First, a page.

(Embankment Galleries, Somerset House, until 11 December)
I’ve already mentioned this exhibition in the context of the wonderful portraits of Pierre Gonnord, who is one of the photographers who’s donated his work to be sold in aid of Venice in Peril. When I wrote about Pierre Gonnord, I hadn’t actually been to see the show and had fallen in love with his photographs via the rather less imposing medium of the internet. However, last Saturday, after visiting the Leonardo exhibition and then managing to get caught up in the Lord Mayor’s Show (which was great!), I finally made it to Somerset House.
Fourteen photographers have donated several works each to the exhibition. As I’ve already admired Pierre Gonnord at some length, I see no point in repeating myself here, except to say that his works struck me as both more and less impressive in the ‘flesh’. More impressive because of the sheer scale – each more than five feet tall – but less impressive because somehow that scale diminished the painterly effect and made the sitters less vulnerably human. I want to focus here on the two other photographers who impressed me most, and also to note one other photograph which struck me. The first was Nan Goldin, whom I’ve only come across at Tate Modern, as a photographer of transvestite subculture. I don’t know her work at all well. It was a surprise to find this very simple but rather moving portrait of a boy. Titled Leonardo with his Grandfather, Palazzo Papadopoli, it shows a young Venetian boy in his family’s ancestral home, dressed in modern clothes but still choosing – or being forced to – continue the traditions and values of his history.
At the moment I’m obviously going through an austere phase, because I found myself drawn to two series of very simple photographs in black and white. The first set were by Hiroshi Watanabe, whom I mentioned in passing in my Pierre Gonnord post. According to the gallery guide, Watanabe wanted to delve deeper into Venetian psychology and to explore the way in which permanent residents of Venice react to the hordes of tourists, who are destroying the atmosphere of their city but at the same time are the only means of preserving it. He chose to show the Venetians donning the guises of various characters from the commedia dell’arte, the masks both disguising their wearers and hinting at deeper attitudes towards their city.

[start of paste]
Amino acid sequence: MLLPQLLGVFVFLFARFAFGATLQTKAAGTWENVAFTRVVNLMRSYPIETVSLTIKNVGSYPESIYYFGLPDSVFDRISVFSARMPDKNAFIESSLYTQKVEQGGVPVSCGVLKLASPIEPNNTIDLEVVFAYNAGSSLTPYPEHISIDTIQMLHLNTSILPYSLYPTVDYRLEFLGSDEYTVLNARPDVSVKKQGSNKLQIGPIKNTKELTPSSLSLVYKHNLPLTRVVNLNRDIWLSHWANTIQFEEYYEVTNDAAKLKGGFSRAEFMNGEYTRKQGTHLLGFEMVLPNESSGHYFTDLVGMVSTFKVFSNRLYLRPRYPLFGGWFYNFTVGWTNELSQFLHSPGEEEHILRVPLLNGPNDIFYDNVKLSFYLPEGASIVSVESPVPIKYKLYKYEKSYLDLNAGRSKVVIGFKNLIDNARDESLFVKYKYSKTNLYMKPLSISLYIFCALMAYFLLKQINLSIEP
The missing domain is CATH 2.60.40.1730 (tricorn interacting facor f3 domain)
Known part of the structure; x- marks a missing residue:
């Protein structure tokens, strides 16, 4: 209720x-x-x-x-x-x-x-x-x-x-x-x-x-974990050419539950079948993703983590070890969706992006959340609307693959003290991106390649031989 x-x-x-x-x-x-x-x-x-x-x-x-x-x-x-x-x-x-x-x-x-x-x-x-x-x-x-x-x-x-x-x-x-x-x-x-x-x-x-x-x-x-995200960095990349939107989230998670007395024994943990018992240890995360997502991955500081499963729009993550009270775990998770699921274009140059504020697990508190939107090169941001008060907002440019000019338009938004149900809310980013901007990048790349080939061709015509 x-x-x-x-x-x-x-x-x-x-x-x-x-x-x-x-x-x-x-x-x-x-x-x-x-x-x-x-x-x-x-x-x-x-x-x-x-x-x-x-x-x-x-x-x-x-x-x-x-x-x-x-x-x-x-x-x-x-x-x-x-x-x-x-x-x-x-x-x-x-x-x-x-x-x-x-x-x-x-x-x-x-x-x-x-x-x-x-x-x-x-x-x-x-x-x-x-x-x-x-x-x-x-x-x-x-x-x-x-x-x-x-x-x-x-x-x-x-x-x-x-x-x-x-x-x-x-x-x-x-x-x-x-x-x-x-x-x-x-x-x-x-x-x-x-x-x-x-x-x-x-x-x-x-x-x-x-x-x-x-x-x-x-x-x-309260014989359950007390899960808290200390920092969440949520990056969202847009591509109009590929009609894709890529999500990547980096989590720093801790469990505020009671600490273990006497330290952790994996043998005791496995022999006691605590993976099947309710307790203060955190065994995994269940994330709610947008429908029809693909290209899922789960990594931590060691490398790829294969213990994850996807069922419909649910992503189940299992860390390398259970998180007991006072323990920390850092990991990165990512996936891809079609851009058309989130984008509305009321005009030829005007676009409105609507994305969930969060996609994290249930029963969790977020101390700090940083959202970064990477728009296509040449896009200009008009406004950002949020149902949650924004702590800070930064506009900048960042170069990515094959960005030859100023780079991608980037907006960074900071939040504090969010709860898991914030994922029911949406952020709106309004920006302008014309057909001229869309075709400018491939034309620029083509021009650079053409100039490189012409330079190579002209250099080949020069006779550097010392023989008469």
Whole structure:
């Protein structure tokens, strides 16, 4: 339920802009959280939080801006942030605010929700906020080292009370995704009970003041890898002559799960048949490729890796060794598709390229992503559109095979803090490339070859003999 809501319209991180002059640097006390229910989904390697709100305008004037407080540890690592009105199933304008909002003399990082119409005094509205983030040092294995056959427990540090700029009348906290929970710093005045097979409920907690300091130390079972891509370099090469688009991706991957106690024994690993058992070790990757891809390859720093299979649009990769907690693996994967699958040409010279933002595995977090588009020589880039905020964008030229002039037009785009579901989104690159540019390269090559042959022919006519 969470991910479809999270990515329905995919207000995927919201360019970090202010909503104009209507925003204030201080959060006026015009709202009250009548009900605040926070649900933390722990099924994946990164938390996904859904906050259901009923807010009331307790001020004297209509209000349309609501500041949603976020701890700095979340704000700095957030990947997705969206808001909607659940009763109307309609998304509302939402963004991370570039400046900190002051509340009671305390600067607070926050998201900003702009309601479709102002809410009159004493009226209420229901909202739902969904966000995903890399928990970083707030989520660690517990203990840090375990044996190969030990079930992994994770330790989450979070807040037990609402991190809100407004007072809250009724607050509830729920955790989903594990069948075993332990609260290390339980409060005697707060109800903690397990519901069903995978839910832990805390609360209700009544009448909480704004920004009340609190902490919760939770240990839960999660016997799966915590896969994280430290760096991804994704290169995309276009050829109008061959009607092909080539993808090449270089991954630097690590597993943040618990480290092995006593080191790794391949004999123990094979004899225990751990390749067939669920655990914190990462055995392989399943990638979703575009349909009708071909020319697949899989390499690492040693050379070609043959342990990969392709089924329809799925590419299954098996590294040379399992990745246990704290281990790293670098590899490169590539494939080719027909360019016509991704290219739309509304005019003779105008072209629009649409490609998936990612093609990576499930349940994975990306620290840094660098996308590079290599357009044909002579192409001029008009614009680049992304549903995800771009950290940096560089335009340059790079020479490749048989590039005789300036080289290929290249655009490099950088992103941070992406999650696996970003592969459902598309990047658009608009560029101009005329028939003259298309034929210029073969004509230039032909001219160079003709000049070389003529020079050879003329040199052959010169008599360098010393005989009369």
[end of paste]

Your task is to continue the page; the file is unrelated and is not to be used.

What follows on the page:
While I can appreciate the philosophy behind the series, I liked it because it was theatrical and elegant, beautiful, but with an undercurrent of darkness – which, for me, is the essence of Venice. Below are a sample of photographs from Watanabe’s series, The Comedy of Double Meaning. These were all on view at the exhibition – but to see the other fabulous works in the series, and to find out about Watanabe’s other works (including photographs of kabuki actors, and a photographic exploration of the Isola di S. Michele), go to his excellent website.
The other series that particularly caught my eye was a set of photographs by Matthias Schaller. His concept is very simple. He’s just taken photographs of parts of Venetian mirrors, whose elaborate frames testify to the city’s taste for ornament, and whose faded, scratched glasses, dimmed by patina, reflect (often literally) the city’s corresponding gentle decay. Schaller has given his photographs names alluding to famous Venetians. I assume that one named Giacomo C corresponds to Casanova, and that another named Tullio L refers to Tullio Lombardo, but I’m having trouble with the others…
For those who prefer more colour, there are more vibrant and light-hearted visions of Venice. Robert Walker presents a series of photos of tacky merchandise stalls, arguing that sexual jokes and aprons of Michelangelo’s David are just as valid a part of the Venetian experience as masks and gondolas and elegant decline. Antonio Girbes presents amazing kaleidoscopic visions of Venetian architecture in which the Ca’ d’Oro and other palaces spiral out from central points in a dizzying swirl of architecture and Gothic windows. Candida Hofer contributes spectacular photographs of the interior of La Fenice, whose palette of rose, golds, whites and pinks injects a touch of old-fashioned Venetian frivolity. Whatever your taste, there’s bound to be something that fits. And I urge you to go along, because although it’s quite a small exhibition, you will be supporting a very good cause.
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